14 End of The Medieval Era The crusades were ultimately unsuccessful but they did promote more external trade and increased the wealth of Europe. They also helped destroy the systems of small states, local economies and power of mounted horsemen which had been established in the Dark Ages. They also led, indirectly, to the Black Death, which would help trigger the Modern Era.

15 1350 AD to Present The Modern Era 14 th Century cities were crowded and unsanitary. Few people bathed and fleas were taken for granted. Rats swarmed through the streets and were taken for granted. In 1347, cargoes from East Asia, infested with fleas carrying Pasteurella Pestis (Plague) reached Genoa in Italy. The cargoes and the fleas infested the local vermin and were carried by merchants throughout Europe. Within 3 years, 1/3 of the population of Europe was dead.

16 The Modern Era Since no one knew that germs carried by infected fleas caused the plague, no one could treat it, or explain it, although many theories were raised, all of which were wrong. – Influence of the stars and planets--influenza. – Poisonous vapors from the earth—Miasma. – Bad odors from all the garbage and unwashed bodies. – God’s judgement on an sinful world. – Malicious attacks by the Jews against the Christians.

17 The Modern Era The Plague would burn itself out, when enough deaths reduced the population of the disease itself. It would re-ignite repeatedly until the 17 th century. Eventually improved sanitation broke the link between people and plague carrying vectors. “Ring around the Rosy” describes the plague in a 17 th century nursery rhyme.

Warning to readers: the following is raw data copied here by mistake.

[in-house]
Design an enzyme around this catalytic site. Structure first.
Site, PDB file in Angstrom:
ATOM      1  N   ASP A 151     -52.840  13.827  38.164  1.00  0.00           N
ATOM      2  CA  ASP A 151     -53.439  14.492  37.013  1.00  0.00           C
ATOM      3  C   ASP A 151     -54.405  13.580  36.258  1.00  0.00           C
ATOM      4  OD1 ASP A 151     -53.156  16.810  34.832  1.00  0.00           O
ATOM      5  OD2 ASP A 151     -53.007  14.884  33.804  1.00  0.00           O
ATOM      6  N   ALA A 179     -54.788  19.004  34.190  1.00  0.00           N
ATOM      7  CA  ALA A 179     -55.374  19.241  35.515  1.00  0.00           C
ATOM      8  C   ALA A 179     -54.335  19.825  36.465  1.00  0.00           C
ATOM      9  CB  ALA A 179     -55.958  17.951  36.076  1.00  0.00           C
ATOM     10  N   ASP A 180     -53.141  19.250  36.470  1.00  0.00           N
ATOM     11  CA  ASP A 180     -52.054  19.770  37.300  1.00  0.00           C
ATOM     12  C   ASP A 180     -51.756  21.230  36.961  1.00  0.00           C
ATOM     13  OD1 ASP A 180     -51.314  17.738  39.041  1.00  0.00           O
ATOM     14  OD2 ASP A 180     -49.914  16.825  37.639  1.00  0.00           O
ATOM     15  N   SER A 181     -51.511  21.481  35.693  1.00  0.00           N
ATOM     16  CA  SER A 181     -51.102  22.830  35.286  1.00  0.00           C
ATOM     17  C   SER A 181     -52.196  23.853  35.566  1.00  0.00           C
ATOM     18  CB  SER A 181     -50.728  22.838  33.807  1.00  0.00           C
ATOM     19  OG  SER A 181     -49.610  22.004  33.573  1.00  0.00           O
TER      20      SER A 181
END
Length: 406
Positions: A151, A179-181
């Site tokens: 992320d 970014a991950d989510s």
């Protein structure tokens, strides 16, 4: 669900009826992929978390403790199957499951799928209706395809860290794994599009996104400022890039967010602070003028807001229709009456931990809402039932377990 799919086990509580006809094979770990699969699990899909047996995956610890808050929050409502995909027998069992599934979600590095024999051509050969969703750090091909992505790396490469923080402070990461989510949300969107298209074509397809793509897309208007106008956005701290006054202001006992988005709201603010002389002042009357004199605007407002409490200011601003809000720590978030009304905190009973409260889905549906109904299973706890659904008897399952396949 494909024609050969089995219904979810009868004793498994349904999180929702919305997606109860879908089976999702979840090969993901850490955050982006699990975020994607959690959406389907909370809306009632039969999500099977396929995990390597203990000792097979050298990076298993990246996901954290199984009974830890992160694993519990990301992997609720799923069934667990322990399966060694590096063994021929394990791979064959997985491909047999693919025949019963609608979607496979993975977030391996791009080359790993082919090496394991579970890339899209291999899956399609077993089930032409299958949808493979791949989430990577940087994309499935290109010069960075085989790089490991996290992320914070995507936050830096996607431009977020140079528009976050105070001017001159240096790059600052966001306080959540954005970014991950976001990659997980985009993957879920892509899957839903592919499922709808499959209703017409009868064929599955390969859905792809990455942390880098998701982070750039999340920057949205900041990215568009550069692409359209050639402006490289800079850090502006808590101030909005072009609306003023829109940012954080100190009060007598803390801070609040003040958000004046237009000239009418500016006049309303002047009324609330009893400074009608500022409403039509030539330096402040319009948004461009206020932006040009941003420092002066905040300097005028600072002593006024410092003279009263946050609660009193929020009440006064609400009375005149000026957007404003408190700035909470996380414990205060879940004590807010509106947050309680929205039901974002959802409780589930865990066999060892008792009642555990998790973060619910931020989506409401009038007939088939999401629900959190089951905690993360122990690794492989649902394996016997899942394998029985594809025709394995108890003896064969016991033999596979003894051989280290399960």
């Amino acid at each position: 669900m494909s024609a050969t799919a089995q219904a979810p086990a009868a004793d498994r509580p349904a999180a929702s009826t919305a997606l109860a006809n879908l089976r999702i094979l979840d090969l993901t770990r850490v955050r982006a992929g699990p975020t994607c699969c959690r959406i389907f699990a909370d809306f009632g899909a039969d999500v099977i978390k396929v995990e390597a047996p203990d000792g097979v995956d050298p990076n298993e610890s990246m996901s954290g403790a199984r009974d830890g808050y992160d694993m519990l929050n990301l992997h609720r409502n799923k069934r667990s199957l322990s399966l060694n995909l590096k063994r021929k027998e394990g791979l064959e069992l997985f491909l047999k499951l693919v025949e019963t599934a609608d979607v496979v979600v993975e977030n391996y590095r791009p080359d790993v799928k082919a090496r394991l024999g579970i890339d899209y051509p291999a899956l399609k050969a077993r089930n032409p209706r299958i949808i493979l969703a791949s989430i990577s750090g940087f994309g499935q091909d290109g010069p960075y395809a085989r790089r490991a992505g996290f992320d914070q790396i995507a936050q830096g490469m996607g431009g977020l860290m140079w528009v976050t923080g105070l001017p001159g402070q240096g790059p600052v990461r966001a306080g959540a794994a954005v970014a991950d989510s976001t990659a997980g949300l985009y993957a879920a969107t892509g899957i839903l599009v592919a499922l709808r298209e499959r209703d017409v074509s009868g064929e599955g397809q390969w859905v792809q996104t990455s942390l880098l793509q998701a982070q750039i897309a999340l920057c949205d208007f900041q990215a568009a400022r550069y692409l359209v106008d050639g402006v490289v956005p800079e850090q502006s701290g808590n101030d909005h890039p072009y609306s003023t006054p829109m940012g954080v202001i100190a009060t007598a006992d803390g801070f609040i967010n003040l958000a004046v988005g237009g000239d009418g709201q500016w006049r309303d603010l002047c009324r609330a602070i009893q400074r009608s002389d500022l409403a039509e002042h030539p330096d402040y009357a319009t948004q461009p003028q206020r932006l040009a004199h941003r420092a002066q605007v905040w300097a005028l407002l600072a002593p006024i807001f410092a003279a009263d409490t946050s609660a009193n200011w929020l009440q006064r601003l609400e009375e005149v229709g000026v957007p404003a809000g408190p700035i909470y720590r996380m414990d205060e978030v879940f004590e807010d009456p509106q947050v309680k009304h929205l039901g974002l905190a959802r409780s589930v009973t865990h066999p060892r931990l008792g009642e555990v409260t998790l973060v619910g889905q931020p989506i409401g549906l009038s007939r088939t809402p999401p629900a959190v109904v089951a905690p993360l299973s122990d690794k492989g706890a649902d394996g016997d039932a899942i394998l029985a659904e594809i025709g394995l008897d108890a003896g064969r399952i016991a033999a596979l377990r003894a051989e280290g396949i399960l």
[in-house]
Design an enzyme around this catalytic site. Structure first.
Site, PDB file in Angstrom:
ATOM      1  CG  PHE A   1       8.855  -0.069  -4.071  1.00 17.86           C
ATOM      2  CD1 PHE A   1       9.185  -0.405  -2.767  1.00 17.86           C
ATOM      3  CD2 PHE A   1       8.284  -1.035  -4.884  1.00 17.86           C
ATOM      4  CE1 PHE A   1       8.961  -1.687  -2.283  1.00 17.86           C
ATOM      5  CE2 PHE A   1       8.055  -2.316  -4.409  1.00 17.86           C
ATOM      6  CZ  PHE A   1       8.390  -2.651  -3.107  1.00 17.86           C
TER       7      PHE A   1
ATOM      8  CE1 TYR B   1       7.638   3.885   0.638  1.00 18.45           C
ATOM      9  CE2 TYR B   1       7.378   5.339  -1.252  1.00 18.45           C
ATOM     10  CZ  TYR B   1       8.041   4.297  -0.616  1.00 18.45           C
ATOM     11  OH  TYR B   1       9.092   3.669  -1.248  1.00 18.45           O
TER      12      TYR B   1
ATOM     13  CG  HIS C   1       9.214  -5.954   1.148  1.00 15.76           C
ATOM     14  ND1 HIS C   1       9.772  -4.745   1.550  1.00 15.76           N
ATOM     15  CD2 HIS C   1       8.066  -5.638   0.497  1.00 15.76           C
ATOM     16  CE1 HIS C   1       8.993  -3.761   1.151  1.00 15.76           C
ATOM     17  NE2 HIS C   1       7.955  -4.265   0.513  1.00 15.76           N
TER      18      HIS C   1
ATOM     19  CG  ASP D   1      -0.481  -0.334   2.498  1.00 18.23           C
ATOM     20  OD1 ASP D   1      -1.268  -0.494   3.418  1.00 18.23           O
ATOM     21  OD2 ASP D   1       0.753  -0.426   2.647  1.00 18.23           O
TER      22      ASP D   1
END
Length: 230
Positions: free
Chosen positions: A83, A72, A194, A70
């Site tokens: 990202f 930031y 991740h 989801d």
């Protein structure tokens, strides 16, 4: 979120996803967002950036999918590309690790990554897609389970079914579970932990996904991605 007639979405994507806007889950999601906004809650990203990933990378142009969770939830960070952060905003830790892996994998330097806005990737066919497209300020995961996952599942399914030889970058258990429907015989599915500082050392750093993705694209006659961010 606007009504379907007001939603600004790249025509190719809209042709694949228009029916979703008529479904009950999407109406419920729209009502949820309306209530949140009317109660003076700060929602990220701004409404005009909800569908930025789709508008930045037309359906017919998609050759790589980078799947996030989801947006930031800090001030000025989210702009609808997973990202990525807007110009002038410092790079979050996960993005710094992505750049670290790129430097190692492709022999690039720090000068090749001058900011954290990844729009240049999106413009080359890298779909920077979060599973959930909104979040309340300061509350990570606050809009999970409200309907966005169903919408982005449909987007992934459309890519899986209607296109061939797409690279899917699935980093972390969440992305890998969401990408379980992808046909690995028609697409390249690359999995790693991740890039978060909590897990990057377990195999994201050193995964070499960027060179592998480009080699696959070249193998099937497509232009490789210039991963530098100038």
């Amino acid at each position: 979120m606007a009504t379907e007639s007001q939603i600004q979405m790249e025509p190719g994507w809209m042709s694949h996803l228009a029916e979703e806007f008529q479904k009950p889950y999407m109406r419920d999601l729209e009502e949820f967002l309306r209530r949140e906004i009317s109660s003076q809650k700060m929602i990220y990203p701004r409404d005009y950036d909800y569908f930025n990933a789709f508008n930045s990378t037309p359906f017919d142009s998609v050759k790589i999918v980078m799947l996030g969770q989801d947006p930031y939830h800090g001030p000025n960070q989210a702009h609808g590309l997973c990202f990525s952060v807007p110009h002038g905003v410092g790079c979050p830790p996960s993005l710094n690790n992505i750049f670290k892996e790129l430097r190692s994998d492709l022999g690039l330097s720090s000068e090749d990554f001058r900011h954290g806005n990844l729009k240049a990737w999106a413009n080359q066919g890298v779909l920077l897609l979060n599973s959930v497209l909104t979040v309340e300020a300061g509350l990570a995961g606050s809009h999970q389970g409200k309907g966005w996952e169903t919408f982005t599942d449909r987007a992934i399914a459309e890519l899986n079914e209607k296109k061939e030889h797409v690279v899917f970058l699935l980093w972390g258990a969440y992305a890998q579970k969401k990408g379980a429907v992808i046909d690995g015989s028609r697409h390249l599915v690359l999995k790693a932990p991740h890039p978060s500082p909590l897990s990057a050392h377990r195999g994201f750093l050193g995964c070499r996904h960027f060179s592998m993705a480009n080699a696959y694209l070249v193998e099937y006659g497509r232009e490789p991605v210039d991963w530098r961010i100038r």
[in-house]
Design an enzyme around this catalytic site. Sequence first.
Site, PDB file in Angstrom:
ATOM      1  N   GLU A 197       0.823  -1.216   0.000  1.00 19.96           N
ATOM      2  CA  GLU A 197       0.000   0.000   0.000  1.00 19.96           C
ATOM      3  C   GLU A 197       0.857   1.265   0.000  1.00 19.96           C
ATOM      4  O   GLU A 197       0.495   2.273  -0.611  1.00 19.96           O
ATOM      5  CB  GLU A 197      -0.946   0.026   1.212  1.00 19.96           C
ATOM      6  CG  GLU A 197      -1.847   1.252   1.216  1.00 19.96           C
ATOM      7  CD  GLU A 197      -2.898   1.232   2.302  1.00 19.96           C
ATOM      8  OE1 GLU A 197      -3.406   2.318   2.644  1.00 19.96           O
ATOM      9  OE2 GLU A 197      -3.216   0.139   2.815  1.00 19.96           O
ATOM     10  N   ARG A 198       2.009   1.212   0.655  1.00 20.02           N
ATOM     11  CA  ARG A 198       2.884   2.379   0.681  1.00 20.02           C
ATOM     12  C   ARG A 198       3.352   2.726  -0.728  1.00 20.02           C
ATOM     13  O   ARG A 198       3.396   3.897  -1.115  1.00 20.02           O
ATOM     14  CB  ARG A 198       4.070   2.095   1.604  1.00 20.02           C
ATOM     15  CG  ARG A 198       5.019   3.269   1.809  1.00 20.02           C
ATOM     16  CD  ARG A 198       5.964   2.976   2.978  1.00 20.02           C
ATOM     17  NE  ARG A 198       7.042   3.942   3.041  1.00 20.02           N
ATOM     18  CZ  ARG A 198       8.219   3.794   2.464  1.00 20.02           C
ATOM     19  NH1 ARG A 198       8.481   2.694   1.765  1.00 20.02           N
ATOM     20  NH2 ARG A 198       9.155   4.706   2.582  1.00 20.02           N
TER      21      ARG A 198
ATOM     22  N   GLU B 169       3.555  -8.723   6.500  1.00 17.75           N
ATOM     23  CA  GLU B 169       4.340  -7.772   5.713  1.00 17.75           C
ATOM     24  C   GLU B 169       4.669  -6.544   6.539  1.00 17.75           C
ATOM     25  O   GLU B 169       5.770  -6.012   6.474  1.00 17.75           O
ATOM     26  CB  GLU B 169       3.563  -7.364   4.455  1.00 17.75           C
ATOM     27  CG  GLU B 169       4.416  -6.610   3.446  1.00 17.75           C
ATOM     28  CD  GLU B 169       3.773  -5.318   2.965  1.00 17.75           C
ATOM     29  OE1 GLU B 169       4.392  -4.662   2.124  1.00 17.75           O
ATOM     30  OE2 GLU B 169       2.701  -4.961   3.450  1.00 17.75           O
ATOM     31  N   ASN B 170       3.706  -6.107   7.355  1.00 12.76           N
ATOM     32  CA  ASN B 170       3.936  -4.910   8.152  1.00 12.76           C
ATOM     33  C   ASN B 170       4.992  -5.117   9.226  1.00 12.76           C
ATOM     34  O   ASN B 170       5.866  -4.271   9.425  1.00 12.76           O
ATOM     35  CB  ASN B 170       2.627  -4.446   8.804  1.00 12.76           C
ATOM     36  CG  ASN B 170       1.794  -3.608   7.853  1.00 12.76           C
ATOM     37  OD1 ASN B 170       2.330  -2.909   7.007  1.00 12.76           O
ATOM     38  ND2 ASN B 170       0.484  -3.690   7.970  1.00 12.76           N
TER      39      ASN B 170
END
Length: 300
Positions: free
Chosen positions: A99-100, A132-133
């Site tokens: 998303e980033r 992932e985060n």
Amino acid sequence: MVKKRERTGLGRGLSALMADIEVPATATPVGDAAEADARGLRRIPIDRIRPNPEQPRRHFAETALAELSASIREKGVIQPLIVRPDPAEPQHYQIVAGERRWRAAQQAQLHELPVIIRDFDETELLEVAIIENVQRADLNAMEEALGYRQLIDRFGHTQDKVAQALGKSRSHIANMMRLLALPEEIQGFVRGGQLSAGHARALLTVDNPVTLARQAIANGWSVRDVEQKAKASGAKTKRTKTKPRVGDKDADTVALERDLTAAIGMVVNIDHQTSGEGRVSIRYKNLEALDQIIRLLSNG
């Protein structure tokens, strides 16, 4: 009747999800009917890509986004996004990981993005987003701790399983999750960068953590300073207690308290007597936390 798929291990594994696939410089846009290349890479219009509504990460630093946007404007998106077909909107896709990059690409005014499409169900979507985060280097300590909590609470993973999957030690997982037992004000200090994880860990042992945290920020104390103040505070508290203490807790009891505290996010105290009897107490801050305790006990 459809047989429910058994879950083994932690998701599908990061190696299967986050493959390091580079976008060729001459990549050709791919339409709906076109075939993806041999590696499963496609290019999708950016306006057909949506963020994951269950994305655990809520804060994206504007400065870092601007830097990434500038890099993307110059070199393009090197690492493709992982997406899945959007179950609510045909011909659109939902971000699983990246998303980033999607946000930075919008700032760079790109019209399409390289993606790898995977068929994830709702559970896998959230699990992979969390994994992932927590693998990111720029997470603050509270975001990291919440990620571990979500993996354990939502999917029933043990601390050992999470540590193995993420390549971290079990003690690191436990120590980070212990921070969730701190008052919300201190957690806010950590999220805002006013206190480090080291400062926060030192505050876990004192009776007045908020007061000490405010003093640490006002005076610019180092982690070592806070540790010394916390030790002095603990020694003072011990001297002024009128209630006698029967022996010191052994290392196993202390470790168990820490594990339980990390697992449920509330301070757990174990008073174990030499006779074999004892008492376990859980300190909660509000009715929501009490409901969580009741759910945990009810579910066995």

18 The Modern Era About 1/3 of the population died. Every group was effected, nobles and peasants, rich and poor, young and old, religious and secular, Christian and Jew. Whole families and entire villages died. Trade was disrupted, farms were abandoned, economic decline began. But Then…

19 The Modern Era Survivors mourned their dead, but continued to live. The wealth of the dead was divided by the living. Workers demanded and received higher wages in the face of the labor shortage and standards of living improved. Towns became cleaner and so harbored fewer rats and fleas.

20 The Modern Era Most Importantly, the Black Death brought about a profound change in the outlook of Western man. Having confronted the apparent beginning of human extinction, men decided to improve the present world while they could. The “Here and Now” now emerged as equally important with the “Hereafter” of their religious belief. Faith was not abandoned but Hope for a better future was discovered. The Modern Era had arrived.